Top U.S. official slams Afghan reconstruction efforts that now exceed costs of WWII Marshall Plan

The top U.S. watchdog in Afghanistan says the 17-year reconstruction effort in that war-torn country has wasted billions because Americans have failed to root out corruption and built infrastructure without consulting local leaders about whether they needed or could afford to operate it.

Special Inspector General for Afghanistan Reconstruction John Sopko told The Hill’s new morning show "Rising" this week that the cost of the U.S.-funded reconstruction effort now far exceeds the costs of the Marshall Plan to rebuild Europe after World War II.

The effort has suffered from a misguided belief that Afghans have the same needs as Americans, he argued.

“We can't rebuild it into a little America. I think that was one of the problems. We wanted to turn this into Kansas," he told co-hosts Krystal Ball and Buck Sexton in a segment that aired Friday.

“We designed and funded a lot of programs that the Afghans did event know about it until we turned it over to them," he continued.

Those failures in communication and understanding resulted in U.S. taxpayers wasting billions building power plants, gas stations and even a hotel that the Afghans have never used and can’t afford to operate on their own.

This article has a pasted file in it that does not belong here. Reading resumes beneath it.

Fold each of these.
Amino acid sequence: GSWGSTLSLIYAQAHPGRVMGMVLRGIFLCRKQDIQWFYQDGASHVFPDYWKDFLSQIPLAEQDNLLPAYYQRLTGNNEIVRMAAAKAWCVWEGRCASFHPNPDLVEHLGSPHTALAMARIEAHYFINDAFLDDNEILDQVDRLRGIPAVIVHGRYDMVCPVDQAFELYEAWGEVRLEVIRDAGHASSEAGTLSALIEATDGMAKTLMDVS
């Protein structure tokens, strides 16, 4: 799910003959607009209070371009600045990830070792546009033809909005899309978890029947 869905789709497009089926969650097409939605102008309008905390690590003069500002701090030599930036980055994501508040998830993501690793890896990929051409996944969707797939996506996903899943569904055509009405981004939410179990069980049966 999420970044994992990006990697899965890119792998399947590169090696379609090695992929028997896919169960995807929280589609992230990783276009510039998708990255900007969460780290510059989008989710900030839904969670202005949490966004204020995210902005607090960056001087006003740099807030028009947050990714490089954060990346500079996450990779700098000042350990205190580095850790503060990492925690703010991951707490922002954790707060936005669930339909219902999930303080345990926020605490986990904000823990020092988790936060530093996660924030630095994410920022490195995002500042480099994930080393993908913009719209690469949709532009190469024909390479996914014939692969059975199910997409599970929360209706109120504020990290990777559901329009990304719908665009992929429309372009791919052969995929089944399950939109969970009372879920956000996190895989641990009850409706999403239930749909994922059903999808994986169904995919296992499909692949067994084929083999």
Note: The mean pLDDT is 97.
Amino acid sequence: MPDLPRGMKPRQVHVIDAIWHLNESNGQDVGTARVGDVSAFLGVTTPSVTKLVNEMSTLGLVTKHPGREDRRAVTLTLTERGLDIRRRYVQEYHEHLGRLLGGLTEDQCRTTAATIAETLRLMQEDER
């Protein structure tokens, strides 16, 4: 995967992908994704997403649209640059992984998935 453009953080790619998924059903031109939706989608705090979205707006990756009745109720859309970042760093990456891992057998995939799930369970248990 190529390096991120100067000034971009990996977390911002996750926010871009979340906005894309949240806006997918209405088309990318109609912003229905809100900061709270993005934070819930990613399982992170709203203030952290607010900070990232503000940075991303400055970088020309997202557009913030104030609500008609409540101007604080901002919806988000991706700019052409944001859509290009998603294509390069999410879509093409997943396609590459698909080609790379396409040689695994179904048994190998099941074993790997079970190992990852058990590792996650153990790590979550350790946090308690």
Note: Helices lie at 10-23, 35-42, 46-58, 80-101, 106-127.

Sopko said the U.S. government also poured way too much money into the country without dealing with the "inherent problem of corruption" in Afghan government and society.

"It is one of the most corrupt countries in the world… We probably contributed to it by pouring too much in, too fast with too little oversight," he said. "Basically dollar bills were falling from the sky."

"You can't just throw the money at them, you have to put conditions on them," he added.

The U.S. has now appropriated $117.2 billion on reconstruction efforts in Afghanistan since the war began in 2002. That's more than the $103 billion in inflation-adjusted dollars that the U.S. collectively distributed to 16 nations in Western Europe to rebuild after World War II, Sopko's office said.

"We have spent more money on this than we did to the entire Marshall Plan to rebuild Europe. This is a large expenditure of U.S. life and blood in Afghanistan, so we’ve got to learn lessons,” he said.

The inspector general routinely documents vast amounts of taxpayer dollars spent on underutilized projects, such as the $335 million spent on the Tarakhil Power Plant outside of Kabul that operates at less than 1 percent of its production capacity. The plant was built to provide more a more sustainable source of energy for Afghanistan.

Officials have also witnessed Afghanistan’s opium production continuing to rise, despite the U.S. spending $8.7 billion on counternarcotics efforts in the country.

Sopko said what is needed is better coordination with the Afghan government as well as the “whole of government strategy” in which U.S. agencies better communicate with each other. 

The key going forward is "how do we get the Afghan government to pay for an infrastructure we have given them,” he said.